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Julie Kinnaird | November 7, 2018

On October 17-18 almost 200 educators from across North Carolina came together to advance their knowledge of global education and to increase their toolkits for strategies and resources to bring global issues and regions of the world into their classrooms. We started off this year’s program with talks on the future of work in a global society and an important global issue, climate change. Educators enjoyed three interactive rounds of break-out sessions featuring global competencies, Asia Society’s Global CTE Toolkit, Holocaust resources, strategies for courageous conversations, using artifacts, music and the Middle East, and more. This year many sessions were aligned to the State’s new Digital Learning Competencies and educators were able to earn DLC renewal credit. We finished the first day with a powerful multi-media talk on Syria by UNC professor Charlie Kurzman.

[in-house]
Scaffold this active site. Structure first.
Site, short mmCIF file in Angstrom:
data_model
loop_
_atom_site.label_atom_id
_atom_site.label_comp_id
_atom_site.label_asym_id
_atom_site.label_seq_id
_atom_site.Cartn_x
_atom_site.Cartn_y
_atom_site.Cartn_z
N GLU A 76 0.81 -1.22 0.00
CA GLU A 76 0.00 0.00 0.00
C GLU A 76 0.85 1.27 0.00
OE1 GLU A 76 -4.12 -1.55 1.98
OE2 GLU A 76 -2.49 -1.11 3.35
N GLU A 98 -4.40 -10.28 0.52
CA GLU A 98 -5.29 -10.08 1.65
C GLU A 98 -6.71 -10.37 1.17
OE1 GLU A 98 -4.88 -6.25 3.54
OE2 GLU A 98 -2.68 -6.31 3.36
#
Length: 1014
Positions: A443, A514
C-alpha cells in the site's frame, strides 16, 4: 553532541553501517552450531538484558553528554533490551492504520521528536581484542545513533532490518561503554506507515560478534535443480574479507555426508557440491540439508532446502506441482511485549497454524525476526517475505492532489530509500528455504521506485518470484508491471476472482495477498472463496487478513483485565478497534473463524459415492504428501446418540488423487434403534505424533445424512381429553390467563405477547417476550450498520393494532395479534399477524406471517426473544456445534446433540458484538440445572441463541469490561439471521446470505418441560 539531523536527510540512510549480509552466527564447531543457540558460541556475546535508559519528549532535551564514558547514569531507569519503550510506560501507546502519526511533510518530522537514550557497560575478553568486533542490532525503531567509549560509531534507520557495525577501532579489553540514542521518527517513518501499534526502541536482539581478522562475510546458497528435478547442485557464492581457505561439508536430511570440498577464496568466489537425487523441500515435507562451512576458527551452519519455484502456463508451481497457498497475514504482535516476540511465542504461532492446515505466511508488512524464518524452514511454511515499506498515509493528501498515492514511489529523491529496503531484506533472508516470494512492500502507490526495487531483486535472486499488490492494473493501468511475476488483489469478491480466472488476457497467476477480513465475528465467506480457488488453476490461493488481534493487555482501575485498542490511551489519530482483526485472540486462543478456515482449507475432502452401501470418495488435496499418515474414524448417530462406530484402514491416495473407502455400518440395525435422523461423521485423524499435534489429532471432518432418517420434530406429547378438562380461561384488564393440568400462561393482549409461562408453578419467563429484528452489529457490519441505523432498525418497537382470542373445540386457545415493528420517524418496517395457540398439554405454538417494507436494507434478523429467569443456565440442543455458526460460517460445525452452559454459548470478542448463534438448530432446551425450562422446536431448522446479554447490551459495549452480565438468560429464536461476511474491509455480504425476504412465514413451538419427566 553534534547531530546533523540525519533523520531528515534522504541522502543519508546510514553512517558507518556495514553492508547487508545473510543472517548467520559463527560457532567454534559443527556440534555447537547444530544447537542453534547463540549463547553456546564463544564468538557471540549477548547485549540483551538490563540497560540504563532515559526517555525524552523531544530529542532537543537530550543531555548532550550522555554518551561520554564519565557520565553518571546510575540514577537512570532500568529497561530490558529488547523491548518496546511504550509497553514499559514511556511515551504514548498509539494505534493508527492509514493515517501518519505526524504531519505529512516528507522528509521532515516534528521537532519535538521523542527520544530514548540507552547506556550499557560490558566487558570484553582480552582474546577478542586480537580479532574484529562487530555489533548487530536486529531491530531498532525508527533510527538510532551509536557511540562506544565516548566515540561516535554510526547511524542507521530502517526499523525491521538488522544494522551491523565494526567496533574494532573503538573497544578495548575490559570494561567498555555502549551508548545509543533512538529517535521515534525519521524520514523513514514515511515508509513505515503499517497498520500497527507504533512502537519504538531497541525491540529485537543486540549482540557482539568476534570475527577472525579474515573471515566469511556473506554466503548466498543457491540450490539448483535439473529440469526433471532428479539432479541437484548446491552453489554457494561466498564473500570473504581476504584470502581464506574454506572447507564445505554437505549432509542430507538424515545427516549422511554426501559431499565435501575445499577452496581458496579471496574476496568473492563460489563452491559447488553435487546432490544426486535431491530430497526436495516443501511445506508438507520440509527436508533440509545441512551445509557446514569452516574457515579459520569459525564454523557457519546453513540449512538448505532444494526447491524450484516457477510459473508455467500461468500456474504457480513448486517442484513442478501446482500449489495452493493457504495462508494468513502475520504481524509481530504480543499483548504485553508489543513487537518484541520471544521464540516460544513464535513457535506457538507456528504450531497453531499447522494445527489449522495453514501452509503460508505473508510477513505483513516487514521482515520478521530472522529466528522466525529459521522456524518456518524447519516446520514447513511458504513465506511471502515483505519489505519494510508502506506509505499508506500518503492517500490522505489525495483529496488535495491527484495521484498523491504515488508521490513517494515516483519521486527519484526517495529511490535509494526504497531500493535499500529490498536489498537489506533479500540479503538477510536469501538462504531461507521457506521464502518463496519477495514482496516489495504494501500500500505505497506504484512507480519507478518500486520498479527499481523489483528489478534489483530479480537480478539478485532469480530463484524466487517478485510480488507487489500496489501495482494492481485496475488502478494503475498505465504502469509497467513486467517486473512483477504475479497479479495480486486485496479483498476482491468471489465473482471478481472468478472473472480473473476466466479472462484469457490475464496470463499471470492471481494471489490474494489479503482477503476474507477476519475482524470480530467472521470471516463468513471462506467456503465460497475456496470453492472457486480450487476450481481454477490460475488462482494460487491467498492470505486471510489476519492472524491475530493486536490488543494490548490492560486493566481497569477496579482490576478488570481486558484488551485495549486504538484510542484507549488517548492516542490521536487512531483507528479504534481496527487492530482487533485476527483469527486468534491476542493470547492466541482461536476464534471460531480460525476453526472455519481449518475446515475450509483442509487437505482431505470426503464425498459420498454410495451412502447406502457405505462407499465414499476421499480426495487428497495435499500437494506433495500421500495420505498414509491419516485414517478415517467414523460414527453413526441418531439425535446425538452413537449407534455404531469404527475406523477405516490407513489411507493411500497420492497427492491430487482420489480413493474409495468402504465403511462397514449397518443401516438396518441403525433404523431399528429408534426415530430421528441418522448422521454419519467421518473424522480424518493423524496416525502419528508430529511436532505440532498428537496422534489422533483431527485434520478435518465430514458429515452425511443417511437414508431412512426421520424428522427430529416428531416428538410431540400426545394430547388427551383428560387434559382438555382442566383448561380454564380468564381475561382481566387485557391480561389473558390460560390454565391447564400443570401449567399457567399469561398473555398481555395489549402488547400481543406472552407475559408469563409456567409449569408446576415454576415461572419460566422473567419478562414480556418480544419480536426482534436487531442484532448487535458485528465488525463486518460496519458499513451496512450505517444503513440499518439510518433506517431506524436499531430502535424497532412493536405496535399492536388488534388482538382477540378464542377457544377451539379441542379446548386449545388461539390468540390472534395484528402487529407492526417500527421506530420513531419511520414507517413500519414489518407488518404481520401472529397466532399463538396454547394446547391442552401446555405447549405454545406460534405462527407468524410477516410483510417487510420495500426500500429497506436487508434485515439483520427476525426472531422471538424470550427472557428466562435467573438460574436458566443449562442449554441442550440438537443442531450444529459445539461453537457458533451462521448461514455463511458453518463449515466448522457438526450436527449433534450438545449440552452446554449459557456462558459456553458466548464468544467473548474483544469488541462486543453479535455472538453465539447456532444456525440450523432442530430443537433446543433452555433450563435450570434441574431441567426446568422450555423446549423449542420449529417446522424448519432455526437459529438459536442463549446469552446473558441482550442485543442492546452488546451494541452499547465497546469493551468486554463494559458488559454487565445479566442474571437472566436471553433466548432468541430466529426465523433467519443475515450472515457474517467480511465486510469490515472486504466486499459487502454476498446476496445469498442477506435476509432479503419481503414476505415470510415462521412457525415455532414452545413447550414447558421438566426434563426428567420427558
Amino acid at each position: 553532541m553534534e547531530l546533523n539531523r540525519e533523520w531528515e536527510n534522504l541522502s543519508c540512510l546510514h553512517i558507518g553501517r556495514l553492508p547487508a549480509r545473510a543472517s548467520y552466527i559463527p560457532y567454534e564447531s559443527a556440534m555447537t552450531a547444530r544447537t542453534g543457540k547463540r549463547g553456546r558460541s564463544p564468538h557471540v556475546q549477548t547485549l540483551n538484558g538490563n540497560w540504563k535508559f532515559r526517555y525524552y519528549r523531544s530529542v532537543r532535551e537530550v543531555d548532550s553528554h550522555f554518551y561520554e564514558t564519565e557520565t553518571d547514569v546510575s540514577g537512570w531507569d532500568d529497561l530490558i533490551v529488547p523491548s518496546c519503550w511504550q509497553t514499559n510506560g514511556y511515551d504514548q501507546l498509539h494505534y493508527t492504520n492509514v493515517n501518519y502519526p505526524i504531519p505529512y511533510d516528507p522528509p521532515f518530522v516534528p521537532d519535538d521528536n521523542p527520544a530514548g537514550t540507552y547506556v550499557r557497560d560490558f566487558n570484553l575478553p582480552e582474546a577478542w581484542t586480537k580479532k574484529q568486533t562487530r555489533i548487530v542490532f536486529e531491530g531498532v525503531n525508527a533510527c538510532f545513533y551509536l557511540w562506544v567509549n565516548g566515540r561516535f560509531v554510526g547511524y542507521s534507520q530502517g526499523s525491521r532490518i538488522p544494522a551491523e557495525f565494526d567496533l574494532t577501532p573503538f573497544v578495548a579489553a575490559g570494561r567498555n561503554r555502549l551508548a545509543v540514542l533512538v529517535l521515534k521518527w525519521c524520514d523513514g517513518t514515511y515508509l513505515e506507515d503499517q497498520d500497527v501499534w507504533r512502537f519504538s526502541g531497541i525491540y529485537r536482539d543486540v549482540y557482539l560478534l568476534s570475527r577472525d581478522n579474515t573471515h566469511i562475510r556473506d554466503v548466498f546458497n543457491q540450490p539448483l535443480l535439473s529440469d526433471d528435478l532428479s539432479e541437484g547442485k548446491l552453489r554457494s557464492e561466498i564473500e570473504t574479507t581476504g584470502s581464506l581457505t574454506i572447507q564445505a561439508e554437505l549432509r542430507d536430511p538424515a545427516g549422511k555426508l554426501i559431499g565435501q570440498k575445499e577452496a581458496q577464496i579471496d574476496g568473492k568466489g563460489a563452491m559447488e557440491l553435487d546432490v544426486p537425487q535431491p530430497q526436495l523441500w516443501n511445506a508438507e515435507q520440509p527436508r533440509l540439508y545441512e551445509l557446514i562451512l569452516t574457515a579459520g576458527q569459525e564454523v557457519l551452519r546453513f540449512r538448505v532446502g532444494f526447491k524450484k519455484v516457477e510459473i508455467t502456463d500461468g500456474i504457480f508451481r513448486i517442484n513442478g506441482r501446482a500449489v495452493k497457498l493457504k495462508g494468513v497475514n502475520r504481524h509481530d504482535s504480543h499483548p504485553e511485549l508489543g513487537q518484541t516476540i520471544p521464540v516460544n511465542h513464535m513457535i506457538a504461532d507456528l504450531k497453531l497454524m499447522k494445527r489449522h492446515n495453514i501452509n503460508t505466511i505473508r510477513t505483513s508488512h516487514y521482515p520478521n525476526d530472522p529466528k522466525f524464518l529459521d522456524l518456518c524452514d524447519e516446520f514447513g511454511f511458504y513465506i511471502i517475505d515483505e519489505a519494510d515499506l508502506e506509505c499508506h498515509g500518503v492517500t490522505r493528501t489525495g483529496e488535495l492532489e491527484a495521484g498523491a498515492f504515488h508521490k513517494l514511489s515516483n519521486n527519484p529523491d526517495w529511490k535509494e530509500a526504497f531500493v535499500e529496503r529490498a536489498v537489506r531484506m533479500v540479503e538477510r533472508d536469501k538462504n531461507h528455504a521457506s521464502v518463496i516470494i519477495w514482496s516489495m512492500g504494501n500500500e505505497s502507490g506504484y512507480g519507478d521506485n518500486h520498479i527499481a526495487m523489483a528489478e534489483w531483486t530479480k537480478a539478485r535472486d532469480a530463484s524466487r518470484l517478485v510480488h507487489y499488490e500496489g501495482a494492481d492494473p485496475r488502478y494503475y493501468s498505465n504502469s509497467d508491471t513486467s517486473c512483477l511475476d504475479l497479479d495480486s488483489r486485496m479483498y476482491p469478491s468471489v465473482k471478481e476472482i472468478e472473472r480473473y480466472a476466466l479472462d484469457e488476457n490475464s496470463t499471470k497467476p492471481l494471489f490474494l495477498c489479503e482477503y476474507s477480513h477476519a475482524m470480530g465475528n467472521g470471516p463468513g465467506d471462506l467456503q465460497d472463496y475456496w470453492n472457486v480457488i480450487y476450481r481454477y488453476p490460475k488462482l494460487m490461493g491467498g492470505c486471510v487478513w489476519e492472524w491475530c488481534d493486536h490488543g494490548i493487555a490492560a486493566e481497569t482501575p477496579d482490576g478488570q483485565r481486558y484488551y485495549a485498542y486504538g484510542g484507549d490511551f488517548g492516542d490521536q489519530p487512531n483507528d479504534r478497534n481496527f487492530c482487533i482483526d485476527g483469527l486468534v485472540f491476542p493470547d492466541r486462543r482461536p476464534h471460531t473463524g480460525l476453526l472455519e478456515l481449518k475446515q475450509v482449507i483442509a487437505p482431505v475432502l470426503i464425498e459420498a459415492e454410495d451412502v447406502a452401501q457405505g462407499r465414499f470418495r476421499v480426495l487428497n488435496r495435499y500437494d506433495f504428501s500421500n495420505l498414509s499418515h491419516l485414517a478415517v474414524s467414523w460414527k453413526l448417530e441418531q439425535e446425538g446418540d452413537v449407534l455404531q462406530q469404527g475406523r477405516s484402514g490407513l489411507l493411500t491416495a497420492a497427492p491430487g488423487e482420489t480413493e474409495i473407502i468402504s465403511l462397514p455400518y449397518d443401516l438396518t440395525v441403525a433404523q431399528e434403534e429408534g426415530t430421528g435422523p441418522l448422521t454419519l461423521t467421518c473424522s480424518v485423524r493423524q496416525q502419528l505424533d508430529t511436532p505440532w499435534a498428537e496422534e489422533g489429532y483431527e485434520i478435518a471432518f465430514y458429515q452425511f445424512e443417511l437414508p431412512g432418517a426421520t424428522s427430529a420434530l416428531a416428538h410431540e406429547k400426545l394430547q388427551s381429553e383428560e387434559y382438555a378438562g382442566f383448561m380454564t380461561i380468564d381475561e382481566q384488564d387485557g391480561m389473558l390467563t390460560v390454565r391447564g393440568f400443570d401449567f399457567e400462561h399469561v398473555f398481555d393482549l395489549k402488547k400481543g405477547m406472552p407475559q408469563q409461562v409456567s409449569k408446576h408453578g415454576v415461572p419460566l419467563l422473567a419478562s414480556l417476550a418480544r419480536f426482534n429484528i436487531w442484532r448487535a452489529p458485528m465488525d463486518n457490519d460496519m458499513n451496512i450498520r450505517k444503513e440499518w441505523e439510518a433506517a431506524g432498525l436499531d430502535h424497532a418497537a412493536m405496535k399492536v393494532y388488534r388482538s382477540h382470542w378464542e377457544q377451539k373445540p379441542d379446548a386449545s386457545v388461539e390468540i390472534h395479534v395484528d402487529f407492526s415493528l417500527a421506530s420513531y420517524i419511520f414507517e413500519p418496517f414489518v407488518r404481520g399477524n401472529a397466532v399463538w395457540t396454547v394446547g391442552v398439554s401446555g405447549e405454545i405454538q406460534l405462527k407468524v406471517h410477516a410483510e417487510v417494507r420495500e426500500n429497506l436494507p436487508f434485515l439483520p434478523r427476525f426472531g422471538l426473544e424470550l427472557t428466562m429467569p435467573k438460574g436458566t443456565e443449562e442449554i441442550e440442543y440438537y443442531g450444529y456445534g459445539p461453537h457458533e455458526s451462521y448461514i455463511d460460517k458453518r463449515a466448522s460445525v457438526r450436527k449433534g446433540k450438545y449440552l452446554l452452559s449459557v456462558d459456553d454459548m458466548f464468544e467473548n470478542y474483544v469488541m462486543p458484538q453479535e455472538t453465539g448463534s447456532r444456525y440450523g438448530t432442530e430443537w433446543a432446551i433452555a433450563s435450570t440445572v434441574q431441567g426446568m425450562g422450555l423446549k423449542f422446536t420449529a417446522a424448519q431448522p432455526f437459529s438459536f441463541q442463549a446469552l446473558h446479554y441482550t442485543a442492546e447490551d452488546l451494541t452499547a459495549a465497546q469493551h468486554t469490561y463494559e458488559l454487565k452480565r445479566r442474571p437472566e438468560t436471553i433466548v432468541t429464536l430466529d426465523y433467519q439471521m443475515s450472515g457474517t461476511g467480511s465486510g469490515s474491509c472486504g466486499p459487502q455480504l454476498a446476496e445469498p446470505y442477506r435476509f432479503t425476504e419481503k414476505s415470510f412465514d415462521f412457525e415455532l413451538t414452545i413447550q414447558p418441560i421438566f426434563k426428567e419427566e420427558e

Participants also met with colleagues from their school or district and reflected on the talks and sessions presented on the first day. Team discussions will help propel the knowledge shared at the symposium into action back in the participants’ schools and districts.

We continued learning about regions of the world and our own neighbors with important talks on day two of the symposium. UNC Professor Graeme Robertson led a talk on Russia and Putin and we screened two films, My Beautiful Nicaragua from BYkids followed by a discussion with executive director Holly Carter and This is My Home Now featuring Montagnard youth in North Carolina. The film was followed by an engaging panel of film producers and Montagnard youth.

Overall the program was a success and educators left feeling better equipped to integrate global themes in teaching. One participant said “as much work as it is to be out two days, World View is absolutely worth it. It has changed my perspective and allowed me to reach more of my students.”  We thank all of the educators that joined us in Chapel Hill last month and wish you much success as you try out some of the new resources and strategies learned at the symposium.